re-import of the module will really try to reimport it and thus run into an
infinite loop when it executes the module init function again.
Without the fully qualified module name, it is not trivial to correctly add
the module to sys.modules either.
Furthermore, the majority of currently existing extension modules has
problems with sub-interpreter support and/or reloading, and, while it is
possible with the current infrastructure to support these
features, it is neither easy nor efficient.
Addressing these issues was the goal of PEP 3121, but many extensions,
including some in the standard library, took the least-effort approach
to porting to Python 3, leaving these issues unresolved.
This PEP keeps the backwards-compatible behavior, which should reduce
and give extension authors adequate time to consider these issues when
The current process
Currently, extension modules export an initialisation function named
"PyInit_modulename", named after the file name of the shared library. This
function is executed by the import machinery and must return either NULL in
the case of an exception, or a fully initialised module object. The
function receives no arguments, so it has no way of knowing about its
During its execution, the module init function creates a module object
based on a PyModuleDef struct. It then continues to initialise it by adding
attributes to the module dict, creating types, etc.
In the back, the shared library loader keeps a note of the fully qualified
module name of the last module that it loaded, and when a module gets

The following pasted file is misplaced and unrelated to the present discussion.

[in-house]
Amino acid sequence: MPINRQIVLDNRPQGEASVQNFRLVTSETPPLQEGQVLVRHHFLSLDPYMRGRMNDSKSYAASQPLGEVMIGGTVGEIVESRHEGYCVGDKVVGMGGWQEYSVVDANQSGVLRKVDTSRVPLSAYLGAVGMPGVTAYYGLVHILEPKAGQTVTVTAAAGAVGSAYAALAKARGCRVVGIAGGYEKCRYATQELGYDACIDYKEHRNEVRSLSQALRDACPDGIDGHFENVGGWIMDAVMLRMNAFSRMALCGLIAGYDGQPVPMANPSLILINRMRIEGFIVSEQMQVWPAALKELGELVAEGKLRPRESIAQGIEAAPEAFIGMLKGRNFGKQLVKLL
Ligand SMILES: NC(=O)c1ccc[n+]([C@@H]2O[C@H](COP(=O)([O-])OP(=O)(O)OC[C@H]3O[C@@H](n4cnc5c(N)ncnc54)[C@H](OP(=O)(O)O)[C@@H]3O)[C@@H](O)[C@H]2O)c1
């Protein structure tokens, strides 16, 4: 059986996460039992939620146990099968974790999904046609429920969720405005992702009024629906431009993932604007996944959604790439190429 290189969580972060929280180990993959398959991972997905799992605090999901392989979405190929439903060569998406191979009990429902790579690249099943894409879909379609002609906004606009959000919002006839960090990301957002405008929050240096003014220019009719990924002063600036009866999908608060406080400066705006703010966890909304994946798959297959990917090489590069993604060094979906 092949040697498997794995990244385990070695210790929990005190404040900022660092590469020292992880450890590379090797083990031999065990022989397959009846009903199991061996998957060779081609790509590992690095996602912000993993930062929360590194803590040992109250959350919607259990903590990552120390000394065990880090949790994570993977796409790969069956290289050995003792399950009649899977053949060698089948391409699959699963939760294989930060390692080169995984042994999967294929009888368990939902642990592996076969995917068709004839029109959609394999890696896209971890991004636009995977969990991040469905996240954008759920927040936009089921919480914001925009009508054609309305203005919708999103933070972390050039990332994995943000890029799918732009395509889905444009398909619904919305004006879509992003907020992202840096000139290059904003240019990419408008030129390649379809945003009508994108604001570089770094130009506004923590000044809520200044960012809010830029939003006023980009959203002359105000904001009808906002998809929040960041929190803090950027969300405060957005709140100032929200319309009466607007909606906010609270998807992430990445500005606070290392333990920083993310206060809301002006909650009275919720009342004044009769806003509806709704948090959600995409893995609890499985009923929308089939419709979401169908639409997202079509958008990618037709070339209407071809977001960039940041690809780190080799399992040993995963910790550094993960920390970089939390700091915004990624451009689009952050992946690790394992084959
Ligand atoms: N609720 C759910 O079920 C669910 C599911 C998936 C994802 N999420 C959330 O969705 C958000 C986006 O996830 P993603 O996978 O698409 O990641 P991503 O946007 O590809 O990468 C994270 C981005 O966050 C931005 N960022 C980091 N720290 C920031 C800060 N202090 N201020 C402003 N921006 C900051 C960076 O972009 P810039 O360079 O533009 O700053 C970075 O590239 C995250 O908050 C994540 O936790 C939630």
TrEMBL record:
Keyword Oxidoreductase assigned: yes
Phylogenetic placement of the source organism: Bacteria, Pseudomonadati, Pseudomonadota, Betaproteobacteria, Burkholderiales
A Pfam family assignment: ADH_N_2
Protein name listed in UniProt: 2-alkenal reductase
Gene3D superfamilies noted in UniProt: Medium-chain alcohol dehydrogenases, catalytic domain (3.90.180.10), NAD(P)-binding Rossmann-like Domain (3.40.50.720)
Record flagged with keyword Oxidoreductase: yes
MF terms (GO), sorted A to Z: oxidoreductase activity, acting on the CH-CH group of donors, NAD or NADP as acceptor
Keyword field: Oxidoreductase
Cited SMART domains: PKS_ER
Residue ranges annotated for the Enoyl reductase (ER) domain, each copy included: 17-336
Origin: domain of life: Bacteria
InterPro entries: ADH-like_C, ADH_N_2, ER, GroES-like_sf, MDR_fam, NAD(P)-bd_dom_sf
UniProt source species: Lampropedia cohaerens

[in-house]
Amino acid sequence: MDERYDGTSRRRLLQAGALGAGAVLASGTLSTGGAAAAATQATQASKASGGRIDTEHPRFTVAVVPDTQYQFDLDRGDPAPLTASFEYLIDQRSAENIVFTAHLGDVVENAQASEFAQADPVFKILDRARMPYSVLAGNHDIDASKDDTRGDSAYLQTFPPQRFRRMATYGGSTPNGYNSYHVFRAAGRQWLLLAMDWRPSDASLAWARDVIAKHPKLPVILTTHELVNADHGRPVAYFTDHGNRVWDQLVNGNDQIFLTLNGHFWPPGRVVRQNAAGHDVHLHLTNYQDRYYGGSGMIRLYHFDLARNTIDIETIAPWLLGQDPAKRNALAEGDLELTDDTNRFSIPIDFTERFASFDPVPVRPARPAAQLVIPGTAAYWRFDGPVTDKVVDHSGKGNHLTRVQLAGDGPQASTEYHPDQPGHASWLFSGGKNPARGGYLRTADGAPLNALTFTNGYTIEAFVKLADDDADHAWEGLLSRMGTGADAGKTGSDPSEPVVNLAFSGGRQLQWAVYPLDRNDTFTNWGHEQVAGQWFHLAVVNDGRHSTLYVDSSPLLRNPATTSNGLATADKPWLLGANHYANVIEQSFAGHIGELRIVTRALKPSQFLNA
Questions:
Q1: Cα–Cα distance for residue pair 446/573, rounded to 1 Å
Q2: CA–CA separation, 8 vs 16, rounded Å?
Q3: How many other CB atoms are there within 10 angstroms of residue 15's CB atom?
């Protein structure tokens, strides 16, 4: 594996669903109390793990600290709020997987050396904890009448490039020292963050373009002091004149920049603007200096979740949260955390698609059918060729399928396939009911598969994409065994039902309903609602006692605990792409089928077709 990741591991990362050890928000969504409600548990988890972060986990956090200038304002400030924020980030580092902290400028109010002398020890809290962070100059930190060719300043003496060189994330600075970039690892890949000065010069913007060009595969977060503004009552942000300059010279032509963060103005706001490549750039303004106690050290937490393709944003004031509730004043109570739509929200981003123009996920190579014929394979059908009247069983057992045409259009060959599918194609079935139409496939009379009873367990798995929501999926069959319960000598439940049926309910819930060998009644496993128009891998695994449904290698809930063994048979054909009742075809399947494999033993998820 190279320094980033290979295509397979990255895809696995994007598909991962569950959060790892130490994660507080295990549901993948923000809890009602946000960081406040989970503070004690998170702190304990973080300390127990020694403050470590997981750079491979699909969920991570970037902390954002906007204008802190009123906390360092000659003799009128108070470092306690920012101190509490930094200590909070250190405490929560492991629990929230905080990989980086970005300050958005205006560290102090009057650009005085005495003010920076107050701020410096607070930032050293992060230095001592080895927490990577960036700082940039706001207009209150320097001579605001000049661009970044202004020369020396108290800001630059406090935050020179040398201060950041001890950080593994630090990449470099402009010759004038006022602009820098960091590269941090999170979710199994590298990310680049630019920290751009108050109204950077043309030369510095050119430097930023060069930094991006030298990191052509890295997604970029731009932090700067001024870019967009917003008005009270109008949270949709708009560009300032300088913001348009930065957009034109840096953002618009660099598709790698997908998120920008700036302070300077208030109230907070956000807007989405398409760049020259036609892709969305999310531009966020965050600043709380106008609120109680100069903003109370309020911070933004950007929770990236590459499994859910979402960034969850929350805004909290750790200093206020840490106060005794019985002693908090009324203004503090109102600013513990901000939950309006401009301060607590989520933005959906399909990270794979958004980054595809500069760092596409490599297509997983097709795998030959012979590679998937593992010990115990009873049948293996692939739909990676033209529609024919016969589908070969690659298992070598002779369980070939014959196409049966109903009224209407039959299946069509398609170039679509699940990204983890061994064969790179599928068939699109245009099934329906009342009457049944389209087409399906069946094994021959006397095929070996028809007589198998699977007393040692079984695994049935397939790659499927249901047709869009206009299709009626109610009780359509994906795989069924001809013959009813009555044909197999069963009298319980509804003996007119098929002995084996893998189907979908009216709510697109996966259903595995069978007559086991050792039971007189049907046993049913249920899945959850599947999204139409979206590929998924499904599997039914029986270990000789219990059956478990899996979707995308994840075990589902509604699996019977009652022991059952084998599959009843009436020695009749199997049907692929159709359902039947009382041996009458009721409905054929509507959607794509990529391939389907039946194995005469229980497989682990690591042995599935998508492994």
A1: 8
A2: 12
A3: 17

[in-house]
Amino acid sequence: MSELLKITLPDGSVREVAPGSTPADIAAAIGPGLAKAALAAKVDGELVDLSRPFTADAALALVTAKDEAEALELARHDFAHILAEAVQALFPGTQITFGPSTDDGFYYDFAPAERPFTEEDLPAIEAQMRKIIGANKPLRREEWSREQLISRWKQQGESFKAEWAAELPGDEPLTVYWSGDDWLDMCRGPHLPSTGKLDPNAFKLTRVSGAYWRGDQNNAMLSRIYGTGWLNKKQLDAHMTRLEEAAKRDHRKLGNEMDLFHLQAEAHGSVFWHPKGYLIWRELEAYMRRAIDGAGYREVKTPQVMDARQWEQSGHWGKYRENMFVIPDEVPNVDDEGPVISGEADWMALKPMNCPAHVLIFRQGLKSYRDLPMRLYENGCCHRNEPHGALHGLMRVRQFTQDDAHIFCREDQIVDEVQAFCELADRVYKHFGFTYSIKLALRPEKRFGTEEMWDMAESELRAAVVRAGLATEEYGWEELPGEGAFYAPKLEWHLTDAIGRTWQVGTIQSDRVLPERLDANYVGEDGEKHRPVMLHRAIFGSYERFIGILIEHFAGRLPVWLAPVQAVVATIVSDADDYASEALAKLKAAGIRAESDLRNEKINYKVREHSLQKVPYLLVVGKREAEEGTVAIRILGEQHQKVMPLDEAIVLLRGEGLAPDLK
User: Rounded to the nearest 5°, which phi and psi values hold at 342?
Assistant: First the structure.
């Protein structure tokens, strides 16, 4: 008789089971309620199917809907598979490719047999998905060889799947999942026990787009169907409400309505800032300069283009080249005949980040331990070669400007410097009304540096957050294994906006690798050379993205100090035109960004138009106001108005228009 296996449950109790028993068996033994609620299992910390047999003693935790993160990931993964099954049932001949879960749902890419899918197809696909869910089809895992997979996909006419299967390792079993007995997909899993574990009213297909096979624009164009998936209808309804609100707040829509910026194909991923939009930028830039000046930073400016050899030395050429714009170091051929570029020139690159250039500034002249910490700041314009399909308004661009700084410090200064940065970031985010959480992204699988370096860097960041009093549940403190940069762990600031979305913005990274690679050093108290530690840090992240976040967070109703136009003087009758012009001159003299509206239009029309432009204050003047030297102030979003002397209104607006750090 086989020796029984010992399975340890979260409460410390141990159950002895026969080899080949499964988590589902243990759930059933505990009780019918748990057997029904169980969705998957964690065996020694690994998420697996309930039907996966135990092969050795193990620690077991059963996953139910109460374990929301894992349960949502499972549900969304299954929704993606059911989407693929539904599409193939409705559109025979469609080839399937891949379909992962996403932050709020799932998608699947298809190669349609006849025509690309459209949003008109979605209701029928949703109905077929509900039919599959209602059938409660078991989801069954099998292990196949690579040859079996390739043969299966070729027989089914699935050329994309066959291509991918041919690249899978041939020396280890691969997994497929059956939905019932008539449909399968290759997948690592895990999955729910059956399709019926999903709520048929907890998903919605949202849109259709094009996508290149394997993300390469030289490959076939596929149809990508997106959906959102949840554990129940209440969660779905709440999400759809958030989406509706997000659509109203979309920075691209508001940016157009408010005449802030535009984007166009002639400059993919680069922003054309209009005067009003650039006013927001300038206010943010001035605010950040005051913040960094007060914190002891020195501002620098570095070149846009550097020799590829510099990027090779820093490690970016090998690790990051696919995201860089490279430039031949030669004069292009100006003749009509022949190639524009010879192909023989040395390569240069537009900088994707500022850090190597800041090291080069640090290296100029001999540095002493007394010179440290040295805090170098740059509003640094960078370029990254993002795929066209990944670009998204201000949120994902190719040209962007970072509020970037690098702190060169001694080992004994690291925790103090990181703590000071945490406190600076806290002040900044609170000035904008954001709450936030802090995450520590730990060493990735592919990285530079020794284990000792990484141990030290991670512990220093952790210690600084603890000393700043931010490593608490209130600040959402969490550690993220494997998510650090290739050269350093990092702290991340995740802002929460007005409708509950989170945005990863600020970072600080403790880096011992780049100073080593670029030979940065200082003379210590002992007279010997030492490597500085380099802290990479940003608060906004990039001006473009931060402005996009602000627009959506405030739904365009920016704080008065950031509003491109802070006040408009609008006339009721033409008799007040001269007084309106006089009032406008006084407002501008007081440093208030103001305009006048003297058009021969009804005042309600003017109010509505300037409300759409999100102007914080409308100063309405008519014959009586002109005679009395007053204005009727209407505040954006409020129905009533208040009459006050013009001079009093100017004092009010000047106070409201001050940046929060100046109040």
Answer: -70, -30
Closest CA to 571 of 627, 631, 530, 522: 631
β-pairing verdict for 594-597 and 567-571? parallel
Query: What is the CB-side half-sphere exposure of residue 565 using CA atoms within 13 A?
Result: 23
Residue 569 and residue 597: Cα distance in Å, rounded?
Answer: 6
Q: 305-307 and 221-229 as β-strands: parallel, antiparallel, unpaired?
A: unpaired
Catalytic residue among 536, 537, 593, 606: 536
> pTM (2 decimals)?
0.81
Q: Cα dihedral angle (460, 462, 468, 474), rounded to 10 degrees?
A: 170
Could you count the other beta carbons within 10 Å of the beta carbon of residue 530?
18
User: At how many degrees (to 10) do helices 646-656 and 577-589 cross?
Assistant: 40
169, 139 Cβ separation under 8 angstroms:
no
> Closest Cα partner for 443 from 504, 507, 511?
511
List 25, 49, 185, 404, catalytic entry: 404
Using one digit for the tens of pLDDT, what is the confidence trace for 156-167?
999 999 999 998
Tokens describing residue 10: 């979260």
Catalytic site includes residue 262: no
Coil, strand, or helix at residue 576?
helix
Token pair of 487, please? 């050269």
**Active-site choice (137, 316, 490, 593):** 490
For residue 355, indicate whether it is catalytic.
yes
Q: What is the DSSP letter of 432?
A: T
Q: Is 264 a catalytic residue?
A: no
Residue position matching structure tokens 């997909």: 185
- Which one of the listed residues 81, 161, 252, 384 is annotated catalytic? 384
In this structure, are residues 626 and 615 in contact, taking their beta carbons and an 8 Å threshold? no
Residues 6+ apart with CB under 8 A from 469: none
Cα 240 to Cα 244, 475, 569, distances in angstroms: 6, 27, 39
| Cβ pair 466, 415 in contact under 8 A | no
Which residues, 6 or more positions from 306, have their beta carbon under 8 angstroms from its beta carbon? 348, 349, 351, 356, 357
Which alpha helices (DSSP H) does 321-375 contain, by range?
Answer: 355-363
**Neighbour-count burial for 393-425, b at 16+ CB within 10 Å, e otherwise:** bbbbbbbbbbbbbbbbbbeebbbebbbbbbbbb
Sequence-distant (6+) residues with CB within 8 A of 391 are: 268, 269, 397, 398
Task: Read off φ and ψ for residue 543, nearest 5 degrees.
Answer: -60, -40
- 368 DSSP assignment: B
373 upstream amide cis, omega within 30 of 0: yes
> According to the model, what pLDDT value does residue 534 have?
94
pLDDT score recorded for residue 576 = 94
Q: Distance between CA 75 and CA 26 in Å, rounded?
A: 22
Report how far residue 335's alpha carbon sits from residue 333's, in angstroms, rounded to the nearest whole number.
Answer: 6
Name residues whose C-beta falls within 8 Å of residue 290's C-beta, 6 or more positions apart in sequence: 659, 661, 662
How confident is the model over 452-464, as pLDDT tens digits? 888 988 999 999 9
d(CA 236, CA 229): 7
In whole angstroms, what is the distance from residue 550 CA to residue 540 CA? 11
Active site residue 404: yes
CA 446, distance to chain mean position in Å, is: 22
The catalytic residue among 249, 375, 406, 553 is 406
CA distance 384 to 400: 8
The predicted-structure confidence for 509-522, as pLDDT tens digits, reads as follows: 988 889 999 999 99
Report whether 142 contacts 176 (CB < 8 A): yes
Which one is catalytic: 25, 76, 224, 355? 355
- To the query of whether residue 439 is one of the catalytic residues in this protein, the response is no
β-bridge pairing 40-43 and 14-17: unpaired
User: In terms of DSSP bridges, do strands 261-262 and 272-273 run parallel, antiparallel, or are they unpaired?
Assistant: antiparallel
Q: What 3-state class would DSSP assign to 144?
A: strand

created that has a matching name, this global variable is used to determine
the fully qualified name of the module object. This is not entirely safe
relies on the module init function creating its own module object first,
but this assumption usually holds in practice.
The current extension module initialisation will be deprecated in favour of
a new initialisation scheme. Since the current scheme will continue to be
available, existing code will continue to work unchanged, including binary
Extension modules that support the new initialisation scheme must export
the public symbol "PyModuleExec_modulename", and optionally
"PyModuleCreate_modulename", where "modulename" is the
name of the module. This mimics the previous naming convention for
the "PyInit_modulename" function.
If defined, these symbols must resolve to C functions with the following
int (*PyModuleExecFunction)(PyObject* module)
PyObject* (*PyModuleCreateFunction)(PyObject* module_spec)
The PyModuleExec function
The PyModuleExec function is used to implement "loader.exec_module"
defined in PEP 451.
It function will be called to initialize a module. (Usually, this amounts to
setting the module's initial attributes.)
This happens in two situations: when the module is first initialized for
a given (sub-)interpreter, and possibly later when the module is reloaded.
When PyModuleExec is called, the module has already been added to
sys.modules, and import-related attributes specified in
PEP 451 [#pep-0451-attributes]_) have been set on the module.
The "module" argument receives the module object to initialize.
If PyModuleCreate is defined, "module" will generally be the the object
returned by it.
It is possible for a custom loader to pass any object to
PyModuleExec, so this function should check and fail with TypeError
if the module's type is unsupported.
Any other assumptions should also be checked.